1794 (21 germinal an II) Condamnés à mort par la Révolution:       ^top^
par le tribunal criminel du département des Bouches du Rhône:
BLANCHARD François, marchand, domicilié à Marseille, département des Bouches du Rhône, comme fédéraliste
CAUSSIGNY Joseph Louis, (dit Valbelle), ex noble, domicilié à Aix, département des Bouches du Rhône, comme contre-révolutionnaire
LAS Jean Baptiste, commis aux écritures, domicilié à Port-la-Montagne, département du Var, comme fonctionnaire public contre-révolutionnaire.
LAVIT Jean Joseph, apothicaire, domicilié à Marseille, département des Bouches du Rhône
RAOULX Jean Claude, cordonnier, propriétaire, domicilié à Aix, département des Bouches du Rhône, comme fonctionnaire public contre-révolutionnaire.
Comme brigands de la Vendée, domiciliés dans le département d'Ille-et-Vilaine, par la commission militaire de Port-Malo:
BERRIER René, (dit Fleur-d'Epine), tisserand, domicilié à Dol
KREYEL Michel, déserteur des troupes impériales engagé au deuxième régiment des hussards français, domicilié à Rennes
LEMARIE Guillaume domicilié à Montdal
MINIAC (dit Hautbois), domicilié à Dol
MONNIER Jean, domicilié à Rennes
GUYARD Jean Baptiste, ex procureur au ci-devant parlement de Dijon, domicilié à Dijon, département de la Côte-d'Or, condamné à mort, le 21 germinal an 2, par le tribunal criminel dudit département, comme émigré.
RICHARD Frédéric Henri, ex président au parlement de Dijon, domicilié à Dijon, département de la Côte-d’Or, condamné à mort, le 21 germinal an 2, par le tribunal.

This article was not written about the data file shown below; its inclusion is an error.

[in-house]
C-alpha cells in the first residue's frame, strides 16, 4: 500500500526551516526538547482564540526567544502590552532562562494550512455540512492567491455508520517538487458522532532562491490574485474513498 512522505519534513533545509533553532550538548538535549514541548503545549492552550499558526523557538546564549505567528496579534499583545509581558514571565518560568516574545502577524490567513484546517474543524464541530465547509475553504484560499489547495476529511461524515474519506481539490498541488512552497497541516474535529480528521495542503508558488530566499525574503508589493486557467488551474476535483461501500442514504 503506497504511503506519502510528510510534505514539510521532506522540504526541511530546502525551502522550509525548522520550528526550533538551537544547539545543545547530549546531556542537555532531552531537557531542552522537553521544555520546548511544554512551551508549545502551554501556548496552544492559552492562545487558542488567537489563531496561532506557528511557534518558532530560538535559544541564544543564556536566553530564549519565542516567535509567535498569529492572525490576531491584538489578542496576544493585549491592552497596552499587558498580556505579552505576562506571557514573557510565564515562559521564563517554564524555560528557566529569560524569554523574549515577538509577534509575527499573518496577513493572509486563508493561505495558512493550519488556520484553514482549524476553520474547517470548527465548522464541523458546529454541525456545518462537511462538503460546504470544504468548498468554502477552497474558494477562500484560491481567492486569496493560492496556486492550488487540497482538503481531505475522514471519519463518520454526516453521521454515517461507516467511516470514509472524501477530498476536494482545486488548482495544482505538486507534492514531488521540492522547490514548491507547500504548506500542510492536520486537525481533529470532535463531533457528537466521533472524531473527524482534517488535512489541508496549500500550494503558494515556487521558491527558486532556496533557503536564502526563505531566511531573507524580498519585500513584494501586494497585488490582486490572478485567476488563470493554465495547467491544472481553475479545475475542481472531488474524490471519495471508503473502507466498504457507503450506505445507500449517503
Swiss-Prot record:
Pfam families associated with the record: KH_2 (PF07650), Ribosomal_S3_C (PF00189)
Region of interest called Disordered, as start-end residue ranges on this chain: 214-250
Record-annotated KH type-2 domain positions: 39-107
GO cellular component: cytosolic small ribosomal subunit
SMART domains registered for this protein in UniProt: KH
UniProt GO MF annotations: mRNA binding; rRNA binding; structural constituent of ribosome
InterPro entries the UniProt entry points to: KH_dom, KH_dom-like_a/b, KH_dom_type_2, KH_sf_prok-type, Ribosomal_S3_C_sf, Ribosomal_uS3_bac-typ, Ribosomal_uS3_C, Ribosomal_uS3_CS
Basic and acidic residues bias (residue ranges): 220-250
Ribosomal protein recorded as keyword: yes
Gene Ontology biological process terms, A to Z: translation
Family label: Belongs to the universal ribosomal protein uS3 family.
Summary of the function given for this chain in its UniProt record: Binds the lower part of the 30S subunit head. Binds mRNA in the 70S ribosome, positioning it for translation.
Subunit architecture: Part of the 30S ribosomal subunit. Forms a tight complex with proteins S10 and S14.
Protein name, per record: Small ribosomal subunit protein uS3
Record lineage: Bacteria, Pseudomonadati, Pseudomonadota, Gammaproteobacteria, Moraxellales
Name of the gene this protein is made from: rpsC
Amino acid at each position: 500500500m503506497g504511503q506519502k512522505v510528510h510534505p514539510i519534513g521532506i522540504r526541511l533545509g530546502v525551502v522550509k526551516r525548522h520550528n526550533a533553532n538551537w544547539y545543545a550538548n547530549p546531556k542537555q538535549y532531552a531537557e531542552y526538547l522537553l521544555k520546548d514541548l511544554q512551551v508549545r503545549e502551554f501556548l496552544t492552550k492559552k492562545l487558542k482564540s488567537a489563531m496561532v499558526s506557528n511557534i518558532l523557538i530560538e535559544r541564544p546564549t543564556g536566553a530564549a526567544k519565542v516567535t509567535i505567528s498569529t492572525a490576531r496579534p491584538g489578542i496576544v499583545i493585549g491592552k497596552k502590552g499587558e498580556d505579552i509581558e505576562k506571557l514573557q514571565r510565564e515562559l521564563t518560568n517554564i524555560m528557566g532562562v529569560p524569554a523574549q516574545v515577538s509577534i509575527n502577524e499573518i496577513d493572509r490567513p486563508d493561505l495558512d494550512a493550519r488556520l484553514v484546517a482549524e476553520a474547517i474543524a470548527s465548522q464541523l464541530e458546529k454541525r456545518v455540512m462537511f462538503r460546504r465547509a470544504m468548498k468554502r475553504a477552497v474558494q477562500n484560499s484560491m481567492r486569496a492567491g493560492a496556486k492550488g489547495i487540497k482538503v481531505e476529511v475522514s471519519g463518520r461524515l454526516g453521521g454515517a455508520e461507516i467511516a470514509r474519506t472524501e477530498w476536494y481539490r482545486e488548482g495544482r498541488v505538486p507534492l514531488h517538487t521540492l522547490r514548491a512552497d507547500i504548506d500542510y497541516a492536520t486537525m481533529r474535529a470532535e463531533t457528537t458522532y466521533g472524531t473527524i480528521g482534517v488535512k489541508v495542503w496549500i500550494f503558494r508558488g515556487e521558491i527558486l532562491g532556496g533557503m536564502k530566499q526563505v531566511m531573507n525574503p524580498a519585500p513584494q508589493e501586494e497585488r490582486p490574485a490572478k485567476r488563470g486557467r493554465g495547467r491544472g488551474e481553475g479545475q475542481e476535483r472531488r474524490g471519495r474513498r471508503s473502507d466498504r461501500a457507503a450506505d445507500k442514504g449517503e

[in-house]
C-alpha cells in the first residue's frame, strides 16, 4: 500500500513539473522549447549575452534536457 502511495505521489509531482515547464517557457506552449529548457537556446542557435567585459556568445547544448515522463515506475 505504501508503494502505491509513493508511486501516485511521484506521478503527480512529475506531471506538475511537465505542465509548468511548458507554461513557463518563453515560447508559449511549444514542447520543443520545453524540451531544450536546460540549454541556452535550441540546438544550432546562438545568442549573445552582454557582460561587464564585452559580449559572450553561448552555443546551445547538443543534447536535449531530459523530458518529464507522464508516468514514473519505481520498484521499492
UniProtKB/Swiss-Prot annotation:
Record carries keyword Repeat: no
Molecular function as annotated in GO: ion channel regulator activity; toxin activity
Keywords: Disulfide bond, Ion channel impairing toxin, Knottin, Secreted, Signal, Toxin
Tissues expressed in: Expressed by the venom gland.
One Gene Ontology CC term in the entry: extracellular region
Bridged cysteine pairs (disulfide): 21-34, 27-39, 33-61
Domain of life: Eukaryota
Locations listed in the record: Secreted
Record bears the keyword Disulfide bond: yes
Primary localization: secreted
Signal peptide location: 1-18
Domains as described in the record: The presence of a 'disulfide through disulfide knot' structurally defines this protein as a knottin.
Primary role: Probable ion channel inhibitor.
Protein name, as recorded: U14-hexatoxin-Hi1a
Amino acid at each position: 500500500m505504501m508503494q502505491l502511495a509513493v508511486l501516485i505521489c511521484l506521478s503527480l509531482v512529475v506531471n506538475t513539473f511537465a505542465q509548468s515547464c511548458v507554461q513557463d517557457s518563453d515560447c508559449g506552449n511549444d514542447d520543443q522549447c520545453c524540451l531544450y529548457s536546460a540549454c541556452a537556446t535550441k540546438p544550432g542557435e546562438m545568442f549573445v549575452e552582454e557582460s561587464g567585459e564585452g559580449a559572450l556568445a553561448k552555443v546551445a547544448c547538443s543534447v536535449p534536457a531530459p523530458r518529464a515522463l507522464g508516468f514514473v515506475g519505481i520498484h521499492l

MAYEUX Marie Eléonore Joseph, âgée de 58 ans, née à St Pol, veuve de Thellier Guillaume François Bernard, condamnée à mort à Arras le 21 germinal an II
THELLIER Marie Joseph Bernardine Adélaïde, âgée de 32 ans, née à St Pol, fille de feu Guillaume François Bernard et de Mayeux Marie Eléonore Joseph, condamnée à mort à Arras le 21 germinal an II
ROUGNON Jean Charpentier, domicilié à Mont-le-Bon, département du Doubs, condamné à mort, le 21 germinal an 2, par le tribunal criminel dudit département, comme émigré.
SABATIER Louis, chasseur au 7e bataillon d’infanterie, domicilié à Livron, département de la Drôme, condamné à mort comme émigré, le 21 germinal an 3, par la commission militaire d’Auxonne.
THIERRIAT Jean Baptiste, ex chanoine, domicilié à Châlons département de Saône et Loire, condamné à mort le 21 germinal an 2, par le tribunal criminel dudit département, comme réfractaire à la loi.